Though several troubled physician-hospital organizations have called it quits in the past two years, financially stable PHOs are continuing to expand, new industry data show.
The number of PHOs operating nationwide slipped to 908 this year from 922 in 1998, according to data released last week by the Managed Care Information Center of Allenwood, N.J. However, the number of hospitals and hospital systems taking part in PHOs more than doubled during the same period, to 2,300 from 1,100.
Hospitals and physician practices typically band together to form PHOs so that they can save on administrative costs and wield greater clout when negotiating managed-care or discounted fee-for-service contracts.
But, PHOs in many regions have fallen far short of their mission, said Bruce Johnson, a consultant with the Denver-based Medical Group Management Association.
"PHOs have been failing quite regularly because, for the most part, they've had incredible problems in providing value for their two (constituencies)," Johnson said. "Many have been largely unsuccessful in winning contracts" and holding down costs, Johnson said.
A group of physicians and a health insurer are challenging that notion in North Dakota, where they've built and opened a co-owned hospital (See story, p. 22).
Almost two-thirds of PHOs are found in only 15 states, none of which are in the Pacific or Mountain regions, said Gwen Lareau, special projects director at the Managed Care Information Center.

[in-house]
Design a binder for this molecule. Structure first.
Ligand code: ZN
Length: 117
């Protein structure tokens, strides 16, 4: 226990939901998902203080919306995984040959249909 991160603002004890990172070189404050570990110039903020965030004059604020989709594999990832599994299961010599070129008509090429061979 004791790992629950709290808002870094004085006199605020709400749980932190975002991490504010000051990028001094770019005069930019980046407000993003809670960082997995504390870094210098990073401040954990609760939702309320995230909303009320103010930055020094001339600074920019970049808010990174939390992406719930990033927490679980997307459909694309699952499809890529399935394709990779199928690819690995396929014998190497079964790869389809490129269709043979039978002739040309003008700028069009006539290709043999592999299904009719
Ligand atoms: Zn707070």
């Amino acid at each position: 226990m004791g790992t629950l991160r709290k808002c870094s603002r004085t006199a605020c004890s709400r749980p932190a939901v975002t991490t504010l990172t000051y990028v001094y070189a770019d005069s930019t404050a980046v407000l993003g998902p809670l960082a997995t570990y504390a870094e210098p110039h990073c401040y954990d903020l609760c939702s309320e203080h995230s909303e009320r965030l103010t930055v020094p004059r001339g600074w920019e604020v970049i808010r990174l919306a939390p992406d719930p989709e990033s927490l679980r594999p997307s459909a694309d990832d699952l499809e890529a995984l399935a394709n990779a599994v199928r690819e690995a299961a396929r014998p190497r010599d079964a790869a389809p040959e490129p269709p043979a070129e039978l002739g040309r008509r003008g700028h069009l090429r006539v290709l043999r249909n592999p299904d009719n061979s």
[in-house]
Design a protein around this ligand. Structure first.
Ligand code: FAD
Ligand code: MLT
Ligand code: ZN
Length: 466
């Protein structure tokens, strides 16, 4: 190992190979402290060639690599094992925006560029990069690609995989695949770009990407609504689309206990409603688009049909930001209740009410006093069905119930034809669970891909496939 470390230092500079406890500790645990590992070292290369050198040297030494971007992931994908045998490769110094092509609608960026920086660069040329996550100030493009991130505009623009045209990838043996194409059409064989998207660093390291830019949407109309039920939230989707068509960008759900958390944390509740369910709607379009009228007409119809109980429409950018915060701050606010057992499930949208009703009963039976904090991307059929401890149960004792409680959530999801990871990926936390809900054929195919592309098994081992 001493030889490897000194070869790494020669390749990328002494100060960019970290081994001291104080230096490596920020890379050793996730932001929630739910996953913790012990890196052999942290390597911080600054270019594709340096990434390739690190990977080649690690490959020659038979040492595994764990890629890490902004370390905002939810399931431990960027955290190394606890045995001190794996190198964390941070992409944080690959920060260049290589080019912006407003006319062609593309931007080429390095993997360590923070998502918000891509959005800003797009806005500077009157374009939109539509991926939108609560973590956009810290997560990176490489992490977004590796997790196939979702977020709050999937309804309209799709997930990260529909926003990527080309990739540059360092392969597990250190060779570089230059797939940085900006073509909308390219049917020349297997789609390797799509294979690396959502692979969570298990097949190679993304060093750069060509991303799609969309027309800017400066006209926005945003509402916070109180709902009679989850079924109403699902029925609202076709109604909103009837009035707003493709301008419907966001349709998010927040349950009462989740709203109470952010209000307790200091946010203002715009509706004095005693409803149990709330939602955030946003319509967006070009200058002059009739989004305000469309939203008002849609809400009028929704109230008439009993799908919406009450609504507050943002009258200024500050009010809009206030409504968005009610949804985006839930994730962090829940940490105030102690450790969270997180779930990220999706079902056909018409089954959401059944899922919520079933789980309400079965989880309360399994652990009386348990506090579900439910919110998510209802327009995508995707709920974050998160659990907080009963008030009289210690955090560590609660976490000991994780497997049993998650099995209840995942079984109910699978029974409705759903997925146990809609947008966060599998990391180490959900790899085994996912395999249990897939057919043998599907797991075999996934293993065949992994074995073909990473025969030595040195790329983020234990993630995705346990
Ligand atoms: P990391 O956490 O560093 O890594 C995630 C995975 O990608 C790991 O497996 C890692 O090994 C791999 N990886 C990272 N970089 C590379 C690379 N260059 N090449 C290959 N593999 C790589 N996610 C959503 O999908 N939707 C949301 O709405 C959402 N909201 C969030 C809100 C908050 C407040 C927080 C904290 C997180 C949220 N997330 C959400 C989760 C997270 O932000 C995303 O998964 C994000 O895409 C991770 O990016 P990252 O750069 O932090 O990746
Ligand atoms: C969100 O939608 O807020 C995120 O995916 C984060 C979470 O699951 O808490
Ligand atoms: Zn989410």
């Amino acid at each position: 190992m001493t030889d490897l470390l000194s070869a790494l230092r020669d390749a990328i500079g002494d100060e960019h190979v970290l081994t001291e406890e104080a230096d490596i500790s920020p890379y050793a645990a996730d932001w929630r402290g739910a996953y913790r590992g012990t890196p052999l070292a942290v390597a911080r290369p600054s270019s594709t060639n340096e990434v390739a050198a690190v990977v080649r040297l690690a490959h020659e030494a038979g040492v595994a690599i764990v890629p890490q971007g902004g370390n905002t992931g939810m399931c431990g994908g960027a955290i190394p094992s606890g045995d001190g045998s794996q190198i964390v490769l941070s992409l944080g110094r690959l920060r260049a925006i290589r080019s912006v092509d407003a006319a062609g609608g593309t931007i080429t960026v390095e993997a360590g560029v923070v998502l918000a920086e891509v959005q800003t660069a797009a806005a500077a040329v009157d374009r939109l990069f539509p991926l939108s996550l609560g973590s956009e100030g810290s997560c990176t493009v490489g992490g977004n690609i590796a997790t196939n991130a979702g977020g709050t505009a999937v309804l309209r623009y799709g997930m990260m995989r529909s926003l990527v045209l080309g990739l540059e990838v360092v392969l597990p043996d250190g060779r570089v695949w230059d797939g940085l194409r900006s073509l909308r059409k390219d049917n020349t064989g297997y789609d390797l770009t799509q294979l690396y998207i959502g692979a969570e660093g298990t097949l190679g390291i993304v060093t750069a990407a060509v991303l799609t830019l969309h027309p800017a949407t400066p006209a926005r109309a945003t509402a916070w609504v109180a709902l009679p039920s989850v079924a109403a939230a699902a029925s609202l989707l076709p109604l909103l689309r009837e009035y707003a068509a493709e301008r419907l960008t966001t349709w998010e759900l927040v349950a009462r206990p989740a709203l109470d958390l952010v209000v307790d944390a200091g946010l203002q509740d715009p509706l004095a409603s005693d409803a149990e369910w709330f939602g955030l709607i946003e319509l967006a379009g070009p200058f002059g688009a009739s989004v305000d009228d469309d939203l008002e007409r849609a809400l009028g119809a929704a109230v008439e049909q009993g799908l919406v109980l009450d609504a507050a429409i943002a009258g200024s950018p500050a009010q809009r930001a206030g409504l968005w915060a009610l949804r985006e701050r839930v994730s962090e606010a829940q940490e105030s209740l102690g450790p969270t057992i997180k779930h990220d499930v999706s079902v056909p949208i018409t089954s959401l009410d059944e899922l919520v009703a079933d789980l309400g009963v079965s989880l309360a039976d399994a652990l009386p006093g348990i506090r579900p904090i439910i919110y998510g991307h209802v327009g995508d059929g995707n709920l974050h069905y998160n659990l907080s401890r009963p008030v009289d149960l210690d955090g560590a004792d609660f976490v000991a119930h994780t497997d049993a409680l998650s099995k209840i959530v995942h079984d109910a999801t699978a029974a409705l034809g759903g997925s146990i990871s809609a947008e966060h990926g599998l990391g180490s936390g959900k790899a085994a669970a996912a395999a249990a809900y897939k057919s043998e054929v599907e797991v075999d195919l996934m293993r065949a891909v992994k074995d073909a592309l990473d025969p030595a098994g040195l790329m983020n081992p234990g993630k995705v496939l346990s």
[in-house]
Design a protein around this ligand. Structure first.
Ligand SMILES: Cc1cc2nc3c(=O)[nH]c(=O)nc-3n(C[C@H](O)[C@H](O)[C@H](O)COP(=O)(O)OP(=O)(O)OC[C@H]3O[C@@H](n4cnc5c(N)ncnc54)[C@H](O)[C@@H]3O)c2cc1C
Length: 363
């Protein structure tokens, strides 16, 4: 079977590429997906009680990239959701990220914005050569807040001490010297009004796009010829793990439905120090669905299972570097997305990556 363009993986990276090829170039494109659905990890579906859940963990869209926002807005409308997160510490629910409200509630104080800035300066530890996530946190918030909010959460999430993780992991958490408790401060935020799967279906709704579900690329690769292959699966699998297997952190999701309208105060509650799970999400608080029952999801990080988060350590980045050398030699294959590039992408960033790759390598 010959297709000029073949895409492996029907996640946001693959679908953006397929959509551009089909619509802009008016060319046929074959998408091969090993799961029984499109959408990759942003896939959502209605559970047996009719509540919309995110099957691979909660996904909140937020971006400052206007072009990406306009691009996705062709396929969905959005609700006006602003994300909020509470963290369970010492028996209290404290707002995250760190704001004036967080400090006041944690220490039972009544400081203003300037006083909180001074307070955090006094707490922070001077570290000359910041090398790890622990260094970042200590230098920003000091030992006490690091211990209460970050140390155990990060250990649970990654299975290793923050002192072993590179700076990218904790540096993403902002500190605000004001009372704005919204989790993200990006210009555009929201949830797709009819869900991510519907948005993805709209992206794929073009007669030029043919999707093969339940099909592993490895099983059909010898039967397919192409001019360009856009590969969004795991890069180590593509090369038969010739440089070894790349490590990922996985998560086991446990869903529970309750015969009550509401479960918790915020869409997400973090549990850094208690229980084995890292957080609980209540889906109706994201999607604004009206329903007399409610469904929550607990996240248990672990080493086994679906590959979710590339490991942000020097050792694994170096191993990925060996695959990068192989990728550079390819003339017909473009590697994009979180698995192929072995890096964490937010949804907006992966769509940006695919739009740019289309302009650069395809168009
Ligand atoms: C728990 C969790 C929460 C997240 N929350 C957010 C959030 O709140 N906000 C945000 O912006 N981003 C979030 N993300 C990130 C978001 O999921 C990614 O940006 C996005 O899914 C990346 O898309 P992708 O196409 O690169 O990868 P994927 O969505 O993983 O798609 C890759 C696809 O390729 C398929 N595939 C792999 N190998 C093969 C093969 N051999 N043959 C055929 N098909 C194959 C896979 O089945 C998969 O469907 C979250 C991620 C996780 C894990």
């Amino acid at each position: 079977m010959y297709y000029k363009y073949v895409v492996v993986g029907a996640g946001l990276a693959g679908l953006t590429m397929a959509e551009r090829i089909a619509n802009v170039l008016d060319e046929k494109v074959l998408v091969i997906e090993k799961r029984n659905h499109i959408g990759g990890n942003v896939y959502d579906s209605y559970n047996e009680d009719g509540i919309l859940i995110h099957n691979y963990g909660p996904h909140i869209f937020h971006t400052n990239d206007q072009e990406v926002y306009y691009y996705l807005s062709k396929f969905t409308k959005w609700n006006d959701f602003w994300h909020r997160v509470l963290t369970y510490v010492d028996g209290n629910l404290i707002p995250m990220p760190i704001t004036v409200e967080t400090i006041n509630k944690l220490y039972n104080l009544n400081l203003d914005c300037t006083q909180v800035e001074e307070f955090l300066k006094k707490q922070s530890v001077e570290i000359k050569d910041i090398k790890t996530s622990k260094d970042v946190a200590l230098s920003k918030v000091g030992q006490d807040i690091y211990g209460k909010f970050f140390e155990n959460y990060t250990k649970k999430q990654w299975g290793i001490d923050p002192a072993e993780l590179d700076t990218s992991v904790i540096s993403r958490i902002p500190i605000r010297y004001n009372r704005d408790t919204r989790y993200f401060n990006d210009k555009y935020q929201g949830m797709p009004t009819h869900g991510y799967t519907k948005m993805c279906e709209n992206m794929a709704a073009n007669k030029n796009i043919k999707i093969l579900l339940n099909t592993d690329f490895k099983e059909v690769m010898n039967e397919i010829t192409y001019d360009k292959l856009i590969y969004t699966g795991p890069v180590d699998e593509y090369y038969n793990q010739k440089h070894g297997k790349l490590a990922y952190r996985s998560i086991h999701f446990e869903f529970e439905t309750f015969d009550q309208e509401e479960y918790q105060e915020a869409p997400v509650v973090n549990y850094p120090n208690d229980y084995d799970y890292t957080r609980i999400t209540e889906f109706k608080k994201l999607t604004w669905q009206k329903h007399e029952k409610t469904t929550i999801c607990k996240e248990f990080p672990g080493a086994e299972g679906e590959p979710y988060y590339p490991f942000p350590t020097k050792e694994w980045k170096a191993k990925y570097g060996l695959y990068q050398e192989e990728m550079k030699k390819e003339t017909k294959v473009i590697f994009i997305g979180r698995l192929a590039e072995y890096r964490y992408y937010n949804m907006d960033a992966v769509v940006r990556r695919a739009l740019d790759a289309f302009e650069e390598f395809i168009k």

The five states with the most PHOs are Texas, with 86; Illinois, with 63; Pennsylvania, with 54; Ohio, with 48; and Georgia, with 44.
PHOs tend to be most viable in towns with two or three hospitals and 20,000 to 150,000 residents, Johnson said. Larger states, such as Texas and Illinois, have several communities of this size.
The East North Central and South Atlantic markets account for the most PHOs, or 21.4% and 17.6%, respectively. The Pacific region has the smallest percentage, or just 4.7%.
It's no surprise that the West, particularly California, isn't embracing PHOs as much as other areas are, said Richard Sinaiko, president and chief executive officer of the Los Angeles-based Healthcare Practice Enhancement Network.
As managed care evolved in California, capitation became much more dominant there than in other parts of the country.
"And with capitation came large multispecialty groups and (independent practice associations), where physicians grouped together without hospitals," Sinaiko said. "The dynamics were completely different."
A number of PHOs were launched in California during the early 1990s, but several have since thrown in the towel because of rapidly rising medical costs and low reimbursements.